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Huston Cummings Smith (born May 31, 1919 in Suzhou, China) is a religious studies scholar in the United States. His book The World's Religions (originally titled The Religions of Man) remains a popular introduction to comparative religion.[1]

EducationEdit

Smith was born in China to Methodist missionaries and spent his first 17 years there.

TeachingEdit

He taught at the Universities of Colorado in Boulder and Denver from 1944–1947, moving to Washington University in St. Louis, Missouri for the next ten years, and then Professor of Philosophy at MIT from 1958–1973. While at MIT he participated in some of the experiments with entheogens that professors Timothy Leary and Richard Alpert conducted at Harvard University. He then moved to Syracuse University where he was Thomas J. Watson Professor of Religion and Distinguished Adjunct Professor of Philosophy until his retirement in 1983 and current emeritus status. At University of California, Berkeley he is Visiting Professor of Religious Studies.

Religious practiceEdit

During his career, Smith not only studied, but practiced Vedanta Hinduism, Zen Buddhism (studying under Goto Zuigan), and Sufism for over ten years each. He is a notable autodidact.

As a young man, he suddenly turned from traditional Methodist Christianity to mysticism by the influence of the writings of Gerald Heard and Aldous Huxley. In 1947, before moving from Denver to St. Louis, Smith set out to meet with then-famous author Gerald Heard. Heard responded to Smith's letter, inviting him to his Trabuco College (later donated as the Ramakrishna Monastery) in Southern California. Heard make arrangements to have Smith meet the legendary author Aldous Huxley. Smith was told to look up Swami Satprakashananda of the Vedanta Society once he settled in St. Louis. So began Smith's experimentation with meditation and association with the Vedanta Society of the Ramakrishna order.[2]

Smith developed an interest in the Traditionalist School formulated by Rene Guenon and Ananda Coomaraswamy. This interest has become a continuing thread in all his writings.

BooksEdit

Via the connection with Heard and Huxley, Smith eventually experimented with Timothy Leary, Richard Alpert Ram Dass, and others at the Center for Personality Research, of which Leary was Research Professor. The experience and history of the era are captured somewhat in Smith's book Cleansing the Doors of Perception. In this period, Smith joined in on the Harvard Project as well, an attempt to raise spiritual awareness through entheogenic plants.

  • The World's Religions: Our Great Wisdom Traditions, 1958, rev. ed. 1991, HarperOne, ISBN 0-06-250811-3[3]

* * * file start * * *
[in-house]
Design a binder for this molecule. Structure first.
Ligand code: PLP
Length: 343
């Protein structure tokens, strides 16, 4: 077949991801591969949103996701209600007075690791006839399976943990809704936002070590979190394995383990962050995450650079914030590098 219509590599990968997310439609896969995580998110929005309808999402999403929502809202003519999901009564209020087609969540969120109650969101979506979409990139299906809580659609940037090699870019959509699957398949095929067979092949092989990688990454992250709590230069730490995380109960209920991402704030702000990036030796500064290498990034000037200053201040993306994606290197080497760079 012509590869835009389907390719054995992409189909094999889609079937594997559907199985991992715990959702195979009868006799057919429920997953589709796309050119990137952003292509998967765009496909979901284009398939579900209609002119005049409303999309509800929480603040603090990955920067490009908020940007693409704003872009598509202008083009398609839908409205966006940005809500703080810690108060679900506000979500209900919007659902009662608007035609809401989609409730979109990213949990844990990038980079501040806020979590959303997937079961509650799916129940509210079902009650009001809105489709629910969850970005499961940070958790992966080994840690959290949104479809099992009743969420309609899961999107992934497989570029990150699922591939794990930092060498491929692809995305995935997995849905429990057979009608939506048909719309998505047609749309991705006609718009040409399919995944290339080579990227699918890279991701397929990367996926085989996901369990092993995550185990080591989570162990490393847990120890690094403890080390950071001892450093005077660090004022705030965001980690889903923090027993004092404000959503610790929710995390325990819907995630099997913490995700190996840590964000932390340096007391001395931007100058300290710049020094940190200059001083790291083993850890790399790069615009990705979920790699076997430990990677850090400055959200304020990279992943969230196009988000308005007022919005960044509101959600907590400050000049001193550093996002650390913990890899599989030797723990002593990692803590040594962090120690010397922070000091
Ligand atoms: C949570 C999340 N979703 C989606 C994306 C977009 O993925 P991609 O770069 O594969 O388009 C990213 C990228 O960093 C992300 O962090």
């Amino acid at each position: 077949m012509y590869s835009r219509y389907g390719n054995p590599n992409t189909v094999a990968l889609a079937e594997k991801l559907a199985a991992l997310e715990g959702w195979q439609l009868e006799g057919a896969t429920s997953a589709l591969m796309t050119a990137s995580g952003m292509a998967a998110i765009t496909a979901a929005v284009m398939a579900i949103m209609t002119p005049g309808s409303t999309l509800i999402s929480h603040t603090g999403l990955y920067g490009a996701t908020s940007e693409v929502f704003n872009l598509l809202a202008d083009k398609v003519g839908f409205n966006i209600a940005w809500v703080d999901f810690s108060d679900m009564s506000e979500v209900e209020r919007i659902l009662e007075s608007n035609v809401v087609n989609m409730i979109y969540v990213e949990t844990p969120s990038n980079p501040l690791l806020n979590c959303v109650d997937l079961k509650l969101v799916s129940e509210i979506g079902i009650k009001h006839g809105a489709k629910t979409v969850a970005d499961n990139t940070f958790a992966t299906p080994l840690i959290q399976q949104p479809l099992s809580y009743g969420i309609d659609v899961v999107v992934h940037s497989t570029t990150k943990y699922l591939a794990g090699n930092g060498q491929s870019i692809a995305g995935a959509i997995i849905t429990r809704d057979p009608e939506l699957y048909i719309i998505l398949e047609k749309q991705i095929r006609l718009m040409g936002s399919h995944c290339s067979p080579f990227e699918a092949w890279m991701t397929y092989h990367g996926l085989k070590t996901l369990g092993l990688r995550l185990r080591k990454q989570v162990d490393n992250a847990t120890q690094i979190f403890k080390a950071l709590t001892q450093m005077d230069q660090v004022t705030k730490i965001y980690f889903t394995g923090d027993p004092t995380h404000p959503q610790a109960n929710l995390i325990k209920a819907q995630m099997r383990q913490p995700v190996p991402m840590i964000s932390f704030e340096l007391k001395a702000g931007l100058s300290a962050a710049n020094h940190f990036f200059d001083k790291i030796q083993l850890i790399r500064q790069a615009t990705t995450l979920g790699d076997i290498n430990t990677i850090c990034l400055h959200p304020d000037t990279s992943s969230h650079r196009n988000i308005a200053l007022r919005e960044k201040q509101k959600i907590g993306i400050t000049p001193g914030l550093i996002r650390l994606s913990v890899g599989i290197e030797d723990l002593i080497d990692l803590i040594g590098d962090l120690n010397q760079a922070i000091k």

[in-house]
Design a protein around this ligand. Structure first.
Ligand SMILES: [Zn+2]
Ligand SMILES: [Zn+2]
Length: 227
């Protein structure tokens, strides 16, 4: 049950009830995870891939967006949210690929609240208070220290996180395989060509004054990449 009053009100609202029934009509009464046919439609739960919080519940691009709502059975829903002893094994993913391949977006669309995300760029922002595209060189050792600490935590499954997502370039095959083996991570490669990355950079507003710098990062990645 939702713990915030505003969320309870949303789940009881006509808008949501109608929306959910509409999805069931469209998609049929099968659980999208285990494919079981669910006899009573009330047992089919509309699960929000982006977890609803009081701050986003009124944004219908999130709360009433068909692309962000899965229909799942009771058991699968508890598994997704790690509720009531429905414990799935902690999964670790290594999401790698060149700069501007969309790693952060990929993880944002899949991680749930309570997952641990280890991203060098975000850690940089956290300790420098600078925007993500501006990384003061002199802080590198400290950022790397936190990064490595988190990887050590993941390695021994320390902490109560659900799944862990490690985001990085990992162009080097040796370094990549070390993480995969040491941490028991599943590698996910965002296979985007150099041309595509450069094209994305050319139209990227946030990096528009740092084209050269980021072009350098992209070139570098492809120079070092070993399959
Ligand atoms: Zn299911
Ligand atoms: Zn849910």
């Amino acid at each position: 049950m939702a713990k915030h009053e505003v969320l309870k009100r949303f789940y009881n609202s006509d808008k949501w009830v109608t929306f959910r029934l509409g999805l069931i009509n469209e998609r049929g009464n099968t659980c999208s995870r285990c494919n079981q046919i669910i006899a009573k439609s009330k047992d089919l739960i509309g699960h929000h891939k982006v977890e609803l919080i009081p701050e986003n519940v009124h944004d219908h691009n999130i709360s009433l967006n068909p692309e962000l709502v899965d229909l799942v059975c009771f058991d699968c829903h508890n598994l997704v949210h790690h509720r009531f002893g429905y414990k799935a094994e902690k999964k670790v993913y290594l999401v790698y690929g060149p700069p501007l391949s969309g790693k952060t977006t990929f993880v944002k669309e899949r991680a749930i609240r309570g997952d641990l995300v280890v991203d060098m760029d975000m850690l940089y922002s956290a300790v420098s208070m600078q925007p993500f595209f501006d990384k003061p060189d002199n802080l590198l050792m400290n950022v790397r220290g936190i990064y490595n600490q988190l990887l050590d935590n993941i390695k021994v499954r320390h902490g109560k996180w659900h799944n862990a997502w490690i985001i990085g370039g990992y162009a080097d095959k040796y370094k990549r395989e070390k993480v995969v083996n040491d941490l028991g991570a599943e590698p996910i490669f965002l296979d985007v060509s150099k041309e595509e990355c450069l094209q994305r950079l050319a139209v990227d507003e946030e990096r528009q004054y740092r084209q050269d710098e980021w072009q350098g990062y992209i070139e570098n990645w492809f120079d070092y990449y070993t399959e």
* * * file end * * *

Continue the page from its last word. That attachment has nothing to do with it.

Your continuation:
• Forgotten Truth: The Common Vision of the World's Religions, 1976, reprint ed. 1992, HarperOne, ISBN 0-06-250787-7[4]
  • Beyond the Postmodern Mind, 1982, reprint ed. 1989, Quest Books, ISBN 0-8356-0647-3
  • The Illustrated World's Religions: A Guide to Our Wisdom Traditions ,1995, HarperOne, ISBN 0-06-067440-7[5]
  • Cleansing the Doors of Perception: The Religious Significance of Entheogenic Plants and Chemicals, 2000, Tarcher/Putnam, ISBN 1-58542-034-4, Council on Spiritual Practices, ISBN 1-889725-03-X, Sentient Publications, ISBN 1-59181-008-6[6]
  • Why Religion Matters: The Fate of the Human Spirit in an Age of Disbelief, 2001, HarperOne, 1st ed.:ISBN 0-06-067099-1, reprint 2002: ISBN 0-06-067102-5[7]
  • The Way Things Are: Conversations with Huston Smith on the Spiritual Life, 2003, University of California Press, ISBN 0-520-23816-8 (cloth); ISBN 0-520-24489-3 (paper) Edited and with a Preface by Phil Cousineau
  • Buddhism: A Concise Introduction, with Philip Novak, HarperOne, 2004, ISBN 0-06-073067-6[8]
  • The Soul of Christianity: Restoring the Great Tradition, 2005, HarperOne, 1st ed. ISBN 0-06-079478-X[9]
  • A Seat at the Table: Huston Smith in Conversation with Native Americans on Religious Freedom, 2006, University of California Press, ISBN 0-520-24439-7 (cloth) Edited and with a Preface by Phil Cousineau With Assistance from Gary Rhine
  • Tales of Wonder, an autobiographical review of his life and associations.

Television and filmEdit

While at Washington University, Smith was the host of two National Educational Television series (NET - the forerunner of PBS): The Religions of Man and Search for America.[10]

In 1996, Bill Moyers devoted a 5-part PBS special to Smith's life and work, "The Wisdom of Faith with Huston Smith". Smith has produced three series for public television: "The Religions of Man", "The Search for America", and (with Arthur Compton) "Science and Human Responsibility". His films on Hinduism, Tibetan Buddhism, and Sufism have all won awards at international film festivals.

  • The Wisdom of Faith with Huston Smith: A Bill Moyers Special: A Personal Philosophy, 1996, PBS, DVD
  • The Roots of Fundamentalism: A Conversation with Huston Smith and Phil Cousineau, 2006, GemsTone, DVD
  • Death and Transformation: The Personal Reflections of Huston Smith, 2007, Fons Vitae, DVD

AwardsEdit

For his life long commitment to bringing the world’s religions together to promote understanding, social justice and peace, Smith received the Courage of Conscience Award from the Peace Abbey in Sherborn, Massachusetts.[11]

QuotesEdit

"Institutions are not pretty. Show me a pretty government. Healing is wonderful, but the American Medical Association? Learning is wonderful, but universities? The same is true for religion... religion is institutionalized spirituality."[12]

ReferencesEdit

External linksEdit

tr:Huston Smith

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